But the result is that sometimes it feels like all you're doing is fighting waves of enemies through mostly straight-forward levels. It wasn't often, but every now and then, I had to step back and take a break because it would start to feel a bit repetitive.
Doom Eternal Review — The Bottom Line
- Gory and satisfying guns
- Fantastic progression systems
- Well-designed battle scenarios
- Amazing visuals
- Satisfying world-building to further establish the Doom Slayer
- Can feel overly linear at times
- Some difficulty spikes
Reviewing a game like Doom Eternal is sometimes a tricky proposition. I had already played about an hour of it back at E3 2019 and then another three hours of it at a press event last month. I had a very clear idea of what I'd be getting before even sitting down to officially play it for review.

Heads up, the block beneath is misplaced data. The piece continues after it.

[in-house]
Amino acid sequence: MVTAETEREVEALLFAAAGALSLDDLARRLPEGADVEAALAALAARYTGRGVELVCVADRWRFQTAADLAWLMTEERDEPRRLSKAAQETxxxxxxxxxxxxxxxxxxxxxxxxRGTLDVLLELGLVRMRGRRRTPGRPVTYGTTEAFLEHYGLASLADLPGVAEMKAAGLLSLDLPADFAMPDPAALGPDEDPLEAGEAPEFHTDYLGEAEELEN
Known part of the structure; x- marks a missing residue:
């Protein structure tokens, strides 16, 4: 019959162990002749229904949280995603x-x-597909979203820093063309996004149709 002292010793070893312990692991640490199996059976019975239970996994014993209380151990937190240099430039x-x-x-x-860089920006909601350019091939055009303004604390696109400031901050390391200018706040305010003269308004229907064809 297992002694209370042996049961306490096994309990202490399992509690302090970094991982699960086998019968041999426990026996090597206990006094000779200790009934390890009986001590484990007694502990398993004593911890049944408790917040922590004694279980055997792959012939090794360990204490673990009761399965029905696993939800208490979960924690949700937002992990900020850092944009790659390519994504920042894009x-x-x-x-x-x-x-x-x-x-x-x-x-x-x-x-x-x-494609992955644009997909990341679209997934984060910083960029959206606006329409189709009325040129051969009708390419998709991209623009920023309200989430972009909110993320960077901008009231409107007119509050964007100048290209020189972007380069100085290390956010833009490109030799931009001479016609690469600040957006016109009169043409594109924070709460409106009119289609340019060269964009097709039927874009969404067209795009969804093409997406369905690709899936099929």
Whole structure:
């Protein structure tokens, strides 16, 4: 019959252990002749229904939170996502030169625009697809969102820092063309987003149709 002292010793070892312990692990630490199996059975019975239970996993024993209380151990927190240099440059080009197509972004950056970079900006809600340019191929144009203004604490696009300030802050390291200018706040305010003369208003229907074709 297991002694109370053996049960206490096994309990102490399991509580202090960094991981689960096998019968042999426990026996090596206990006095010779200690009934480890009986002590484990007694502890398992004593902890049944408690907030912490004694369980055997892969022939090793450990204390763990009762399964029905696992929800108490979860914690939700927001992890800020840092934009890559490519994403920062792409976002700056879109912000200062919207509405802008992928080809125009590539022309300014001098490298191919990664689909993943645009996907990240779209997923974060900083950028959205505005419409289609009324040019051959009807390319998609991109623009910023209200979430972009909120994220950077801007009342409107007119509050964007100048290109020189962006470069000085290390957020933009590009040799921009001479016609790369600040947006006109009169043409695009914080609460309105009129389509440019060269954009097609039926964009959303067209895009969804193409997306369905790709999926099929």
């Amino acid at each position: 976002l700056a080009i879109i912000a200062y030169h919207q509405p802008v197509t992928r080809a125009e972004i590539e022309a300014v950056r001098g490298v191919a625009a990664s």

Sometimes that results in a feeling of having already seen the best bits and forcing myself to sludge through it again before hitting something new. Not this time. Doom Eternal is the kind of game that you start to play and a few minutes later, you realize you're smiling from ear to ear. Maybe it's all of the gratuitous violence or bloody imagery of demons getting their skulls bashed in, but Bethesda and id have a truly special understanding of what makes a game feel good to play.
From the moment you kill your first enemy with the starting shotgun to when you revel in the explosion of blood from your final enemy, Doom Eternal is a nearly non-stop thrill ride that exceeds almost every expectation. It's easily one of the very best single-player shooter campaigns I've ever had the pleasure of playing.
It's going to potentially come off as reductive and simplistic, but Doom Eternal is just really, really good. If you enjoy shooters, want to see demons explode while gushing blood, and can handle yourself in a fast-paced firefight, there should be zero hesitation in your mind about picking up Doom Eternal.
[Note: A copy of Doom Eternal was provided by Bethesda for the purpose of this review. The multiplayer offering was not available prior to launch to test for this review.]